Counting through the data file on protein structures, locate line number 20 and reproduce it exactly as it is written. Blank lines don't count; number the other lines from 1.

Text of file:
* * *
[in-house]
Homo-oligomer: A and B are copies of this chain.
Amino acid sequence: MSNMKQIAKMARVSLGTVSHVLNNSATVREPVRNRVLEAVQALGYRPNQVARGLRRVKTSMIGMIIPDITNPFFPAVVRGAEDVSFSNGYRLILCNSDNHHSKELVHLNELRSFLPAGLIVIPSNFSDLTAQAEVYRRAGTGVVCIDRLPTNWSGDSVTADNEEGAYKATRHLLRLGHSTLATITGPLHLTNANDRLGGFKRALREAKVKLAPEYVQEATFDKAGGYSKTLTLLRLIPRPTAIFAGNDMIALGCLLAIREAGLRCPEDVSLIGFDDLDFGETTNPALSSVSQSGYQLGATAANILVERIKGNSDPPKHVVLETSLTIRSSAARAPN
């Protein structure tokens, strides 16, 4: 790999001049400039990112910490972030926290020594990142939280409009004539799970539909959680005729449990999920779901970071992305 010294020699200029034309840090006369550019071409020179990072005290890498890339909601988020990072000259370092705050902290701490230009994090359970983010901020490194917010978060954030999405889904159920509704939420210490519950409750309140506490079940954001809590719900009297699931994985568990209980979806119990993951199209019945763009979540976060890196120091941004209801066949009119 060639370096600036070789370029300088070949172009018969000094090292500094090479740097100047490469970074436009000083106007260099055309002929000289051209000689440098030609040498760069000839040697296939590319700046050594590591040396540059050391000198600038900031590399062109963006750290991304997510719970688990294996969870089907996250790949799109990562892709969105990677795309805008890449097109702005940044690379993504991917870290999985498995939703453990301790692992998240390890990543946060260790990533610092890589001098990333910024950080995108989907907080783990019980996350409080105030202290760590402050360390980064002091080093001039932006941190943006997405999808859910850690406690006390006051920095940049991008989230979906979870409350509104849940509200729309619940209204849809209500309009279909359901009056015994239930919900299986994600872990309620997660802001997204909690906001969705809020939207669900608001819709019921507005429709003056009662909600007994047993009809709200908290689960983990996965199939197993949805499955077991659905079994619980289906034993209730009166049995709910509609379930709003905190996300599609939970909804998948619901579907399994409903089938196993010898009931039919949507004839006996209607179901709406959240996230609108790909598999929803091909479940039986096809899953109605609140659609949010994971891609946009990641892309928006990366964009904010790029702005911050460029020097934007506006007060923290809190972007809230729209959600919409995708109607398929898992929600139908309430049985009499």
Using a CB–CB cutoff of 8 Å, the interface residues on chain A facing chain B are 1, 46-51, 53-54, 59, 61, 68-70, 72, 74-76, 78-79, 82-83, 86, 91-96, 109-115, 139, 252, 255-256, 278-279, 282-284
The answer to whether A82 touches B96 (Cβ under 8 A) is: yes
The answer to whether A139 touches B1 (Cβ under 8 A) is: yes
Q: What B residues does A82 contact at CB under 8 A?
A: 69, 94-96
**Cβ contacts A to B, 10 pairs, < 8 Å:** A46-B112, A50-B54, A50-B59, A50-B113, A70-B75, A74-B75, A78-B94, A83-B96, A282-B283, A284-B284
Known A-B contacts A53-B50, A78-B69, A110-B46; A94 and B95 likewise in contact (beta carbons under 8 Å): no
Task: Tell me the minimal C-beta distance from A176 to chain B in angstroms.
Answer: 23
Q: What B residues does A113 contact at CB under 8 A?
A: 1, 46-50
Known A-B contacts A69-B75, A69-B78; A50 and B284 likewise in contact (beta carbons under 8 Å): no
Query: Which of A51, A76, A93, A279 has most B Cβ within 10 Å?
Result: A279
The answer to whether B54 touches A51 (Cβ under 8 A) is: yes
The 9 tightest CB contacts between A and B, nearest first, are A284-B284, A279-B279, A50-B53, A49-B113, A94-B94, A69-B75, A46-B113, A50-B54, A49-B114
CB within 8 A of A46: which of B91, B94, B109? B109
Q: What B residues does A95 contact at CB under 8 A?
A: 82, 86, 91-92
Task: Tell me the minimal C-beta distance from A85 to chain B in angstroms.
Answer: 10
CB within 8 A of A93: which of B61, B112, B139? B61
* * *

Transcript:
The 9 tightest CB contacts between A and B, nearest first, are A284-B284, A279-B279, A50-B53, A49-B113, A94-B94, A69-B75, A46-B113, A50-B54, A49-B114